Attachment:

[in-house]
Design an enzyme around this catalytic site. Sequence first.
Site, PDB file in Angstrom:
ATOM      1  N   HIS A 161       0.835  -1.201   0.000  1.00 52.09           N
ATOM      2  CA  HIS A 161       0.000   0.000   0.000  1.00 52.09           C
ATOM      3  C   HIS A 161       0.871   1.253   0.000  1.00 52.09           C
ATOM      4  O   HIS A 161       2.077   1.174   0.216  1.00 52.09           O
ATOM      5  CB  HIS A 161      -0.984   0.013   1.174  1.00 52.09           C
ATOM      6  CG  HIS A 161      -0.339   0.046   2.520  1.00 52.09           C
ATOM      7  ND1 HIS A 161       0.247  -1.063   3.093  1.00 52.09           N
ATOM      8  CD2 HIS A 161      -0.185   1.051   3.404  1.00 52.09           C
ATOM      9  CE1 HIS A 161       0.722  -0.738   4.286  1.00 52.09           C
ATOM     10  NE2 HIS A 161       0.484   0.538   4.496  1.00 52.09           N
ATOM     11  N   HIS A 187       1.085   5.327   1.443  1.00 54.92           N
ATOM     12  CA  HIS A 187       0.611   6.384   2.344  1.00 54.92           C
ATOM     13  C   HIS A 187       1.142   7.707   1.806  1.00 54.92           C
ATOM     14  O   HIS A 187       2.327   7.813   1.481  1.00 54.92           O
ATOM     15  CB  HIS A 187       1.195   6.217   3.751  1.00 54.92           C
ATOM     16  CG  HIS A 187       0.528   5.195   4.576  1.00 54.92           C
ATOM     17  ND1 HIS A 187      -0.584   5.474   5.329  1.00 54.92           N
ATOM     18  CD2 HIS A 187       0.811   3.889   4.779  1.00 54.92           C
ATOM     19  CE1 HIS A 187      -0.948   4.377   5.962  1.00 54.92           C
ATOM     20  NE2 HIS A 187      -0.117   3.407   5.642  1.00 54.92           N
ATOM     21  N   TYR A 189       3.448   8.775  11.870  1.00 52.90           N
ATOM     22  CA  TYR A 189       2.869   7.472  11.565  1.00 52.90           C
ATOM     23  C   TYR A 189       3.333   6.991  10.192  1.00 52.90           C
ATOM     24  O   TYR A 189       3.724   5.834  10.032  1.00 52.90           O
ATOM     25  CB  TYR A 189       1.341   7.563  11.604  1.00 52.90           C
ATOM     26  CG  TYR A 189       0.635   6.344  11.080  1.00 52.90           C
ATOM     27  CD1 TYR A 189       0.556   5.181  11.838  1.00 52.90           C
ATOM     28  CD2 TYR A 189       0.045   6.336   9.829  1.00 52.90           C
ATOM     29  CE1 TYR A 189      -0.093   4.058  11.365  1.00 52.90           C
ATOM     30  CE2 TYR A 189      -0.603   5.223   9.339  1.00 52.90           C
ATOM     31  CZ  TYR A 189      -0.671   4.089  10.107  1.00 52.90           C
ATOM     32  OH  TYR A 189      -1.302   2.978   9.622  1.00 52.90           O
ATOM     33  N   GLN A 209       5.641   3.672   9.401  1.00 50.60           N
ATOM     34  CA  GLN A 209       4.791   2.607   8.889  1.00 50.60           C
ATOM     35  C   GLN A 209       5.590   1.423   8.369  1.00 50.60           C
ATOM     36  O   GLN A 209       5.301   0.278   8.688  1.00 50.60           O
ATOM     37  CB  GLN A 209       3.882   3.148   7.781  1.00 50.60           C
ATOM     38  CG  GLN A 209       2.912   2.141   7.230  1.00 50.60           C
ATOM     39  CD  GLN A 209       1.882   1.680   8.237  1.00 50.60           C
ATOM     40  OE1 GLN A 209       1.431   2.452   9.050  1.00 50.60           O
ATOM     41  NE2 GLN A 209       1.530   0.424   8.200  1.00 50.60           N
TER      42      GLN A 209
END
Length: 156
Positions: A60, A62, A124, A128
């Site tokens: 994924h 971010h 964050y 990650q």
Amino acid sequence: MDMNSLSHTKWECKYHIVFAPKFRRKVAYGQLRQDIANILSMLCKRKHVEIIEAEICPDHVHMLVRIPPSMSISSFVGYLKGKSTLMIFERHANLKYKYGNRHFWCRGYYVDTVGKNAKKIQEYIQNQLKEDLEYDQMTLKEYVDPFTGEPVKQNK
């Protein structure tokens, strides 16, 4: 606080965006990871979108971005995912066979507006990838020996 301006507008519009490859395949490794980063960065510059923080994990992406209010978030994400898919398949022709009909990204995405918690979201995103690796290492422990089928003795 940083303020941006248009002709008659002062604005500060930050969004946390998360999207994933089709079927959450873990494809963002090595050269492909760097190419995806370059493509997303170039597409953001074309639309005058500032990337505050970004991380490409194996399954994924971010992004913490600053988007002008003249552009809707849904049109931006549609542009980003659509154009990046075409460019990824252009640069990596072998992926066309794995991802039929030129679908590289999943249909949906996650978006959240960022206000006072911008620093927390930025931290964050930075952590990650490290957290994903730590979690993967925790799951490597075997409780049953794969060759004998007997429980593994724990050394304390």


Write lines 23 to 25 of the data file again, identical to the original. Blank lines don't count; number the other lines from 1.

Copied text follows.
ATOM     20  NE2 HIS A 187      -0.117   3.407   5.642  1.00 54.92           N
ATOM     21  N   TYR A 189       3.448   8.775  11.870  1.00 52.90           N
ATOM     22  CA  TYR A 189       2.869   7.472  11.565  1.00 52.90           C